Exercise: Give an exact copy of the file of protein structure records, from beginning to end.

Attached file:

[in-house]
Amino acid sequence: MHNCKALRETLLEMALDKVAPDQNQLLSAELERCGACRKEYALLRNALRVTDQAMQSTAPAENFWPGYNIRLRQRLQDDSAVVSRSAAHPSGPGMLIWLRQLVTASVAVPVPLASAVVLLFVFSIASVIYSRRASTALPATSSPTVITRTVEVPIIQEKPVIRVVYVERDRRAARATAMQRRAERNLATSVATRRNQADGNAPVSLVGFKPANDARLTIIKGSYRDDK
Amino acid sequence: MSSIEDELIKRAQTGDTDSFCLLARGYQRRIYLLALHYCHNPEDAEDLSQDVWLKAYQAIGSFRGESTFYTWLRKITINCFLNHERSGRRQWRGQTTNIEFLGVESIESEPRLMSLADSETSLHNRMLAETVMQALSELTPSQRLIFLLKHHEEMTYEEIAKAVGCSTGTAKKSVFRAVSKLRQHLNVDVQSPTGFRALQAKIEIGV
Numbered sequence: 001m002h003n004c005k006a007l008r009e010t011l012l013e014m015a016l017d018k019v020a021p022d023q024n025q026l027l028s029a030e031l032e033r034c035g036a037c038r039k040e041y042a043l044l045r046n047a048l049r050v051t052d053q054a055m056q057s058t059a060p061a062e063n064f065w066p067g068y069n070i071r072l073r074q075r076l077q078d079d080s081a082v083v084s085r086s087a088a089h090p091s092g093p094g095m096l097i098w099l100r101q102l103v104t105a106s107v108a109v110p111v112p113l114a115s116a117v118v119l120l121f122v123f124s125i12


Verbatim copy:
[in-house]
Amino acid sequence: MHNCKALRETLLEMALDKVAPDQNQLLSAELERCGACRKEYALLRNALRVTDQAMQSTAPAENFWPGYNIRLRQRLQDDSAVVSRSAAHPSGPGMLIWLRQLVTASVAVPVPLASAVVLLFVFSIASVIYSRRASTALPATSSPTVITRTVEVPIIQEKPVIRVVYVERDRRAARATAMQRRAERNLATSVATRRNQADGNAPVSLVGFKPANDARLTIIKGSYRDDK
Amino acid sequence: MSSIEDELIKRAQTGDTDSFCLLARGYQRRIYLLALHYCHNPEDAEDLSQDVWLKAYQAIGSFRGESTFYTWLRKITINCFLNHERSGRRQWRGQTTNIEFLGVESIESEPRLMSLADSETSLHNRMLAETVMQALSELTPSQRLIFLLKHHEEMTYEEIAKAVGCSTGTAKKSVFRAVSKLRQHLNVDVQSPTGFRALQAKIEIGV
Numbered sequence: 001m002h003n004c005k006a007l008r009e010t011l012l013e014m015a016l017d018k019v020a021p022d023q024n025q026l027l028s029a030e031l032e033r034c035g036a037c038r039k040e041y042a043l044l045r046n047a048l049r050v051t052d053q054a055m056q057s058t059a060p061a062e063n064f065w066p067g068y069n070i071r072l073r074q075r076l077q078d079d080s081a082v083v084s085r086s087a088a089h090p091s092g093p094g095m096l097i098w099l100r101q102l103v104t105a106s107v108a109v110p111v112p113l114a115s116a117v118v119l120l121f122v123f124s125i12